- Believe It Or Not, The Clean Water Act May Actually Help You
- August 25, 2014 | Author: John B. King
- Law Firm: Breazeale, Sachse & Wilson, L.L.P. - Baton Rouge Office
Most industrial sites have wastewater discharges, and most people know those discharges must be permitted under the Clean Water Act (CWA). What many people do not know, including some consultants, is the CWA has a "permit shield" that could protect your company or client from liability to a regulatory agency or as a result of a citizen suit by a third party.
Generally, the CWA imposes a blanket prohibition on all discharges of pollutants to the waters of the U.S. If a discharge occurs, the discharger is in violation of the CWA. The major exception to this prohibition and resulting liability is a discharge that is allowed under a permit issued by EPA or an appropriate state agency. Based on the application submitted, the permit will include a listing of pollutants that may be discharged and the amount of those pollutants that can be discharged. The permittee samples the discharge on a frequency established in the permit and reports the amount of pollutants discharged to the regulatory agency. If the permittee is in compliance with the terms and conditions of the permit, then that compliance is deemed to be in complete compliance with the CWA. Thus, the permittee is protected from enforcement actions by a regulatory agency and citizen suits by third parties.
There are situations, though, in which a permittee may discharge a pollutant that is not mentioned or listed in the permit. A literal application of the CWA would mean the permittee is in violation of the prohibition against discharging that pollutant without a permit. This is where the permit shield comes in. If the permittee is otherwise in compliance with the terms and conditions of the permit, the permittee may escape liability for discharging that pollutant if the discharge of that pollutant was adequately disclosed to the regulatory agency during the permit application process, and the discharge was reasonably contemplated by the agency when the permit was issued. The pollutant, although not listed specifically in the permit, is within the scope of the permit and the permittee is shielded from liability.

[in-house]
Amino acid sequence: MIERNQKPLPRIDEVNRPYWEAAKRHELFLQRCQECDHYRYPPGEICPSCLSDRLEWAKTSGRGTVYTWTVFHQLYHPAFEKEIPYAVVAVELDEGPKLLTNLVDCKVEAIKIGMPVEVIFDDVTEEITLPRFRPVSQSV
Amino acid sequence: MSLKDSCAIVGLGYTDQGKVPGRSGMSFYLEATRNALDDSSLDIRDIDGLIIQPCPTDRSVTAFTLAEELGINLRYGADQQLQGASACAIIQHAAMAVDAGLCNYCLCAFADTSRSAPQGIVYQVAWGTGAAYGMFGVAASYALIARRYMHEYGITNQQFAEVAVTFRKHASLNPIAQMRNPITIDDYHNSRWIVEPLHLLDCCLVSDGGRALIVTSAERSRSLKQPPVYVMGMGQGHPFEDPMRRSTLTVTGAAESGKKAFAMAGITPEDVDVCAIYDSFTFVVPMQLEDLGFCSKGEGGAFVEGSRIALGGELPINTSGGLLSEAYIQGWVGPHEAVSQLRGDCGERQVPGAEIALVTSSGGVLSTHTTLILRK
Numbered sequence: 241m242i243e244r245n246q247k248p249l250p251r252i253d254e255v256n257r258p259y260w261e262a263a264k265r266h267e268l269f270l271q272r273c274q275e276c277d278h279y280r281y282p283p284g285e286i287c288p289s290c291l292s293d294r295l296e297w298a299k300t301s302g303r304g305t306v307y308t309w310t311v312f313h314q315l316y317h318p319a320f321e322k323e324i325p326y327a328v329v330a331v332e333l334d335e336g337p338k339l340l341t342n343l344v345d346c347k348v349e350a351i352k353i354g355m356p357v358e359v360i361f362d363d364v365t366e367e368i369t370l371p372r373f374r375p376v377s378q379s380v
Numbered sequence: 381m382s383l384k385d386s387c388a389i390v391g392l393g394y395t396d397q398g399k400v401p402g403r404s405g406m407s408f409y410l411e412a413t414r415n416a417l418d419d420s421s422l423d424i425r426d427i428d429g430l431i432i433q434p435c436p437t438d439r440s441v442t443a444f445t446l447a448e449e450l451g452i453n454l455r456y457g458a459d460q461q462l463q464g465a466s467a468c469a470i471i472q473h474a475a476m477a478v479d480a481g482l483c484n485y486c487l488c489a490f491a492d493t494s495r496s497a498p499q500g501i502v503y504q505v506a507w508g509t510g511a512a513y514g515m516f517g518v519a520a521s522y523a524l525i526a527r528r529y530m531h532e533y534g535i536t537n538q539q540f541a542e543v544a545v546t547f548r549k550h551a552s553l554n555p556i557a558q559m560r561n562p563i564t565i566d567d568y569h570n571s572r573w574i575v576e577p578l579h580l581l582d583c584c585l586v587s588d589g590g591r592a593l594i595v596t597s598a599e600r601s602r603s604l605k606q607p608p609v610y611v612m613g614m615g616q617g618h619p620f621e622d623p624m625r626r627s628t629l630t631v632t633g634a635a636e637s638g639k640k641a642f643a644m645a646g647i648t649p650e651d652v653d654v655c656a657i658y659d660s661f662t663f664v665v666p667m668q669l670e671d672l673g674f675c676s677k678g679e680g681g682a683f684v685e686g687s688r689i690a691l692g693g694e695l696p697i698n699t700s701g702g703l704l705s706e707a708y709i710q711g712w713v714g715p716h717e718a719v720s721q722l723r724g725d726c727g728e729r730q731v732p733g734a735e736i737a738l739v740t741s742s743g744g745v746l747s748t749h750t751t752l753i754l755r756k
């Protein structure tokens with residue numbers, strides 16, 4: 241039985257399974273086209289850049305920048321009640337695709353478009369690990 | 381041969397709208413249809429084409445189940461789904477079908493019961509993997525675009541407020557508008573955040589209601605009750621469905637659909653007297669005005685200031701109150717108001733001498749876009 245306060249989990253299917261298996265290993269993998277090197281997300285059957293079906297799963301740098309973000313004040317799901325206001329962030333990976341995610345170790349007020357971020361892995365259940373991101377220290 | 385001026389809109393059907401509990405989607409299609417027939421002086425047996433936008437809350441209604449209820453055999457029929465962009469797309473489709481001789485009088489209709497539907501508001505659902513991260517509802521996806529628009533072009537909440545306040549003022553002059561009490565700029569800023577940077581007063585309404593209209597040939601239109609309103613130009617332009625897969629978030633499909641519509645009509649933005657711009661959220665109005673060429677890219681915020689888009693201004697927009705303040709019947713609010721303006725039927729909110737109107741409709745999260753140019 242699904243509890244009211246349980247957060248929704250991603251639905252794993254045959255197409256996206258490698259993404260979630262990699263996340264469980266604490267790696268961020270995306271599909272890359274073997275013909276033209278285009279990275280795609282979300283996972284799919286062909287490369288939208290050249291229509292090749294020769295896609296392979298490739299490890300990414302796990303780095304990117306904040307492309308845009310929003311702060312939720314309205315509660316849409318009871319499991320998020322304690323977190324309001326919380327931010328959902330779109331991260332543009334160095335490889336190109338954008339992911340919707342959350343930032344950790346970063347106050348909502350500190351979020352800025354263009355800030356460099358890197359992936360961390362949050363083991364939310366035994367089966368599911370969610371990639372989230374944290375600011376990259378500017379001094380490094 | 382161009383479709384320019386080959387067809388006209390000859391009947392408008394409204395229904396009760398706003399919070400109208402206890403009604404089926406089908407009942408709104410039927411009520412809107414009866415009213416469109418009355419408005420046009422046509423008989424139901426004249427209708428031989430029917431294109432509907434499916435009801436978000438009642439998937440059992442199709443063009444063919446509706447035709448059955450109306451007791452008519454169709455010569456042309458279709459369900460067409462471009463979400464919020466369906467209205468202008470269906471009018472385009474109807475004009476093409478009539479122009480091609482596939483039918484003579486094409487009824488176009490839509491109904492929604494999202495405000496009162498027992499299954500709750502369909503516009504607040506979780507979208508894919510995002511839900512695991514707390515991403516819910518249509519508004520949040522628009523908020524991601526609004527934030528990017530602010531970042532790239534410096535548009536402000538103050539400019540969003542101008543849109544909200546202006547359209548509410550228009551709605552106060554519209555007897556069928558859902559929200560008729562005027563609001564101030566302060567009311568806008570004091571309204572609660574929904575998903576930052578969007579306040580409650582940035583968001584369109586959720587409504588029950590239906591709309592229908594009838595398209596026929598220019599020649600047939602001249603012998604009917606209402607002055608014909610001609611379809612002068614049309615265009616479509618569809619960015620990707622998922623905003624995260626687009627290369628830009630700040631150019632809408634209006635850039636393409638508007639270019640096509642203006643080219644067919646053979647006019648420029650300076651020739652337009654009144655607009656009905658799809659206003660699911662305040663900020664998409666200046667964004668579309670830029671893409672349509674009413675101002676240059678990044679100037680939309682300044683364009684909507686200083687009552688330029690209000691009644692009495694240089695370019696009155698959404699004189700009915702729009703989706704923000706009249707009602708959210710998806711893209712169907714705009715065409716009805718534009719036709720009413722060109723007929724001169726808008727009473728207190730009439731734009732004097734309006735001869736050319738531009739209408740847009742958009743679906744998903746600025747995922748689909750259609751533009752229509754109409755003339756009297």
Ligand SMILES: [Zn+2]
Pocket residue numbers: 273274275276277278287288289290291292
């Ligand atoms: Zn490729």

Some examples will illustrate the operation of the permit shield. In one case, an environmental group sued a permittee because it was discharging heated water (heat is a pollutant under the CWA) into a river. The permit did not list heat as a pollutant that may be discharged. However, the permittee was found to have disclosed during the application process that it would be discharging heat. As a result, heat was within the scope of the permit even if it was not specifically mentioned therein. In another case, the permittee did not disclose the fact it would discharge selenium. EPA's regulations and its standard form application required the presence or absence of selenium be mentioned in the application. The applicant did not check any box, so the application and the permit were silent regarding selenium. As a result, selenium was not within the scope of the permit and the permittee was found liable in a citizen suit for discharging selenium in violation of the CWA.
Many of the standard form applications for a CWA permit contain lists of pollutants that allow an applicant to indicate whether the pollutant is or may be present. Regardless of whether the application has such a list, any pollutant that may be present in the discharge should be mentioned to the permitting agency, whether in the application itself or in another document submitted during the application process. The agency will decide whether to include a discharge limit for that pollutant. When you are later found by the agency or some environmental group to be discharging that pollutant, you will be able to rely on the permit shield to protect you from liability. For once, the provisions of the CWA will be of some help to you.